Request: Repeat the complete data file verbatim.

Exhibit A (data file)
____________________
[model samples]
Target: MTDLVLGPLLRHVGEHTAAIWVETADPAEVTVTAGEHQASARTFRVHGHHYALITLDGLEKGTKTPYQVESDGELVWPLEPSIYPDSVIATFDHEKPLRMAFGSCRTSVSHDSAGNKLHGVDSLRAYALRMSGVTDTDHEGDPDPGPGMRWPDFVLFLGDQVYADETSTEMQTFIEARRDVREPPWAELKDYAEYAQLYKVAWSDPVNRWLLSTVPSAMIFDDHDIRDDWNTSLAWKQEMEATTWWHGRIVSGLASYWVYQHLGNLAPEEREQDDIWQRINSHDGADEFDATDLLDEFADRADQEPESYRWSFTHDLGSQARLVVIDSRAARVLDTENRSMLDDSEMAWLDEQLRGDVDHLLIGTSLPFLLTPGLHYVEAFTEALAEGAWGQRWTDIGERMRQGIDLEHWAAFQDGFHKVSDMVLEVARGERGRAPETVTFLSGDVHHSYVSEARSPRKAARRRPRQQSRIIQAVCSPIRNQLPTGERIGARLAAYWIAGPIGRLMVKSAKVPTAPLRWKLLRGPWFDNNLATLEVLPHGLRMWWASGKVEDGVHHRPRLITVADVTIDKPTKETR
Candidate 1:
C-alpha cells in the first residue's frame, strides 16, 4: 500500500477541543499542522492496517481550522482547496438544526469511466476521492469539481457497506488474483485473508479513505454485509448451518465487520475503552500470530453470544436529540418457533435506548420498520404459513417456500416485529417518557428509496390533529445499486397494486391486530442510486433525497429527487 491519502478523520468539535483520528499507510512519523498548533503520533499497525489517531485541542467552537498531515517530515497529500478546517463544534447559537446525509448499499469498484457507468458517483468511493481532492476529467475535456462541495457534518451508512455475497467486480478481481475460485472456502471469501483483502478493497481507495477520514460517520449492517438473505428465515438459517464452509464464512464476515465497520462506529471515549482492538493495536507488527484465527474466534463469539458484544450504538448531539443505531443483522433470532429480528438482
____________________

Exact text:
[model samples]
Target: MTDLVLGPLLRHVGEHTAAIWVETADPAEVTVTAGEHQASARTFRVHGHHYALITLDGLEKGTKTPYQVESDGELVWPLEPSIYPDSVIATFDHEKPLRMAFGSCRTSVSHDSAGNKLHGVDSLRAYALRMSGVTDTDHEGDPDPGPGMRWPDFVLFLGDQVYADETSTEMQTFIEARRDVREPPWAELKDYAEYAQLYKVAWSDPVNRWLLSTVPSAMIFDDHDIRDDWNTSLAWKQEMEATTWWHGRIVSGLASYWVYQHLGNLAPEEREQDDIWQRINSHDGADEFDATDLLDEFADRADQEPESYRWSFTHDLGSQARLVVIDSRAARVLDTENRSMLDDSEMAWLDEQLRGDVDHLLIGTSLPFLLTPGLHYVEAFTEALAEGAWGQRWTDIGERMRQGIDLEHWAAFQDGFHKVSDMVLEVARGERGRAPETVTFLSGDVHHSYVSEARSPRKAARRRPRQQSRIIQAVCSPIRNQLPTGERIGARLAAYWIAGPIGRLMVKSAKVPTAPLRWKLLRGPWFDNNLATLEVLPHGLRMWWASGKVEDGVHHRPRLITVADVTIDKPTKETR
Candidate 1:
C-alpha cells in the first residue's frame, strides 16, 4: 500500500477541543499542522492496517481550522482547496438544526469511466476521492469539481457497506488474483485473508479513505454485509448451518465487520475503552500470530453470544436529540418457533435506548420498520404459513417456500416485529417518557428509496390533529445499486397494486391486530442510486433525497429527487 491519502478523520468539535483520528499507510512519523498548533503520533499497525489517531485541542467552537498531515517530515497529500478546517463544534447559537446525509448499499469498484457507468458517483468511493481532492476529467475535456462541495457534518451508512455475497467486480478481481475460485472456502471469501483483502478493497481507495477520514460517520449492517438473505428465515438459517464452509464464512464476515465497520462506529471515549482492538493495536507488527484465527474466534463469539458484544450504538448531539443505531443483522433470532429480528438482